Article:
Now that spring has arrived, it’s important for homeowners to begin focusing on pest control once again. With the ice melting away, the weather beginning to warm up and a lot more moisture and dampness coming into the air and the earth, the bugs and other pests are also starting to wake up, and will soon be back to cause nuisances to property owners everywhere.
One of the big questions homeowners often have is what they should do with existing wasp nests they have on their property. The good news is that after the winter, there will not be any more wasps alive in those nests that you need to worry about.
What happens with wasps is that, late in the summer, new queens are produced and then mate. After mating, they leave the nest and fly to other sites that offer more shelter, where they can spend the winter. Back in the wasp nest, the workers and old queen continue with their everyday routines until they die from the freezing winter weather. These new queens that have mated with other wasps will not return to these wasp nests, but will instead go on to build their own new nests at the beginning of the spring, at which point the process repeats itself.
Handling wasp nests at your house
If you have nests around your home that are still up from where they were built last summer or spring, there really isn’t a huge hurry to get rid of them. Wasps likely will not come back to reuse a nest that is, say, hanging from a tree branch or an overhang of your house. You can call for pest removal in Rochester, NH to get rid of them if you want, but it is not a pressing need.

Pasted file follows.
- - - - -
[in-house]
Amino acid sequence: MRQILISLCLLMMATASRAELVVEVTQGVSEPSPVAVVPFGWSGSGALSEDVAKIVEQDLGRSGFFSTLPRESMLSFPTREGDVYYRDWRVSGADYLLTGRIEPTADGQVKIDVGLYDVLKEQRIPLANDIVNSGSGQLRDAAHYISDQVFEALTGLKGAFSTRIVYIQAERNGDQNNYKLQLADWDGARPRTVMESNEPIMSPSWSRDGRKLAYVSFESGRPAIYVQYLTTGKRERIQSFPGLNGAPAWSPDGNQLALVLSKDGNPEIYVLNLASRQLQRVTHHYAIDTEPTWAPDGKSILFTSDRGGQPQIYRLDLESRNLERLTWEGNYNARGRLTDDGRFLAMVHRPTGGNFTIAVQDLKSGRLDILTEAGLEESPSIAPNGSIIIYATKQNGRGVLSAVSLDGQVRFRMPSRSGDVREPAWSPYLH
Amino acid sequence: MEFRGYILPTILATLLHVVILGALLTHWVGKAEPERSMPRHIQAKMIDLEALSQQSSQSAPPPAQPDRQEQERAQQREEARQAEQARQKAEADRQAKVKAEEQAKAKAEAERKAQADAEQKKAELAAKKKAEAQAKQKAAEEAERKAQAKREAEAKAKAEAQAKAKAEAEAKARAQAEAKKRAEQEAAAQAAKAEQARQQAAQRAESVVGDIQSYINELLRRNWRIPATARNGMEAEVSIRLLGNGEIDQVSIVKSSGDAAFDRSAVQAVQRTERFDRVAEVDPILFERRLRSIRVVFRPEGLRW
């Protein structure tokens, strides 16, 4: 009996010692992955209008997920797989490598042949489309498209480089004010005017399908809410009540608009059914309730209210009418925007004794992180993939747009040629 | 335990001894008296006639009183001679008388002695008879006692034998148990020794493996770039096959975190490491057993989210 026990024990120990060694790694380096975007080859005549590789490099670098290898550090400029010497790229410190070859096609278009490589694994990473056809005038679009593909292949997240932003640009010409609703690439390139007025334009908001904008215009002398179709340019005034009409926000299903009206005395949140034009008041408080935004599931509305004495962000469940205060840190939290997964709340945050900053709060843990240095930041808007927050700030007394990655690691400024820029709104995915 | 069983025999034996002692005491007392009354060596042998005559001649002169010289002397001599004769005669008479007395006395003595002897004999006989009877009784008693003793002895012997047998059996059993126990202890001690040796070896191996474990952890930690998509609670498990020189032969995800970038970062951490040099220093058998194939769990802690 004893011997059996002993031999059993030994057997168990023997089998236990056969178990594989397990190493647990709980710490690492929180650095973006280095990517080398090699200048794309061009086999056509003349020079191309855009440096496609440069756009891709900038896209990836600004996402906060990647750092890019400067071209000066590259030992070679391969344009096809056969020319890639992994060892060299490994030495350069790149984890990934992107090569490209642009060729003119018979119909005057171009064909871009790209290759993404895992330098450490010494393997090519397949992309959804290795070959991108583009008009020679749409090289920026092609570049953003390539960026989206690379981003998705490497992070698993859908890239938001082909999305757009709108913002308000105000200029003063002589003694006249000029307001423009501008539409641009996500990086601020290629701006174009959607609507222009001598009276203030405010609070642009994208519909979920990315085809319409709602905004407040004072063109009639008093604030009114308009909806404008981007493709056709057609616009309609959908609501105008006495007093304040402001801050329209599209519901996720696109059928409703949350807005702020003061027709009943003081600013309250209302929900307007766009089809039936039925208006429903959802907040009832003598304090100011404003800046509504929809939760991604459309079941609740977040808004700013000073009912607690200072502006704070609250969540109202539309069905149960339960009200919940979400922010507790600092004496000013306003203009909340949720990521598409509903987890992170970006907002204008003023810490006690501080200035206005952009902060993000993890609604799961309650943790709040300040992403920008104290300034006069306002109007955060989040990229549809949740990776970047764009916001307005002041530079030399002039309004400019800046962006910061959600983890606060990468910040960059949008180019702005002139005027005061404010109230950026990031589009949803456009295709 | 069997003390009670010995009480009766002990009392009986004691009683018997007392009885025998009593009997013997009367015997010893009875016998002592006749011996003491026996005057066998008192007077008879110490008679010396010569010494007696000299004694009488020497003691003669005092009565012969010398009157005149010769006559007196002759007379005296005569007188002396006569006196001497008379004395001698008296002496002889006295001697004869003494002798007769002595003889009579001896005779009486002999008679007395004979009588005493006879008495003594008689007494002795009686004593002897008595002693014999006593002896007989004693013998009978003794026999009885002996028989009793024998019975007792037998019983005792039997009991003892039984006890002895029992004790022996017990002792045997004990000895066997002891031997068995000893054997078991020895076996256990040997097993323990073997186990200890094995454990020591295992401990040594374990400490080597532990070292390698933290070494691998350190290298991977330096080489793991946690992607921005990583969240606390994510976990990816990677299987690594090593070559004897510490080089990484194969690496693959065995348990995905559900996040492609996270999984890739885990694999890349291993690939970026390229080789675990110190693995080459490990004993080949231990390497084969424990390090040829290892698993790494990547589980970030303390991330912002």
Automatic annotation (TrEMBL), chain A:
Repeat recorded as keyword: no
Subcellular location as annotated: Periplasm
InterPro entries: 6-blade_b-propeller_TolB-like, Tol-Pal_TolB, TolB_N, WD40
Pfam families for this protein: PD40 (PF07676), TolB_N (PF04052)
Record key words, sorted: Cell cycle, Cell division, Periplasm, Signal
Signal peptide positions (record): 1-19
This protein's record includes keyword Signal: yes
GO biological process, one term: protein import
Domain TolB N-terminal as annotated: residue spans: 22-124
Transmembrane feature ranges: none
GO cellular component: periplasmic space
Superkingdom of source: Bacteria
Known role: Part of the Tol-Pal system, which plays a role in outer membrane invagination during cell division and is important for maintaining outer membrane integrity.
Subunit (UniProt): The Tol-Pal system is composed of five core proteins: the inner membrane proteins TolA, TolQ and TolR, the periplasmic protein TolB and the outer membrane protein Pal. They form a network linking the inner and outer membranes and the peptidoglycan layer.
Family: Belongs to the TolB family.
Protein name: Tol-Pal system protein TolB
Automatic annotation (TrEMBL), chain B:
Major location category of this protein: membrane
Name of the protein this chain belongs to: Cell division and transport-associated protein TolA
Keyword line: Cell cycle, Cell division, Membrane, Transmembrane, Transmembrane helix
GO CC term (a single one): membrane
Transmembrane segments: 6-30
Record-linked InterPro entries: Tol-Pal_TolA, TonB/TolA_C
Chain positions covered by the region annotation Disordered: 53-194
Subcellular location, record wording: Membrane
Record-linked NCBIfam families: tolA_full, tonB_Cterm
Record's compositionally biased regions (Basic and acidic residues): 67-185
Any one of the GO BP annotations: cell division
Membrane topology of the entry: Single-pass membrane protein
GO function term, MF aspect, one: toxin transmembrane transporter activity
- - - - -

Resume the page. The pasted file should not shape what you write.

However, if you see wasps flying back and forth from an opening in the structure of your home or garage, this is a problem you need to address immediately. While the old nest will not be reused, the wasps could still very well decide to build a new nest inside that same opening, which will be problematic as you will not be able to see it. If you believe this is happening at your home, you should seal up any openings you come across. Early spring is the best time to seal those openings, because you can take care of the issue before the wasp queens become active again and work on building brand new nests.
There are also cases in which wasps can start getting active on particularly mild late winter days. In these cases, the wasps will seek warmth, which generally leads to them trying to get inside your home. Just because they get into your home does not mean they’ve built a nest in there—in general, the best way to proceed is to simply swat them or to let them fly out a window or door.
For more tips about how to handle wasps in springtime, contact Dependable Pest Solutions to learn about pest removal in Rochester, NH.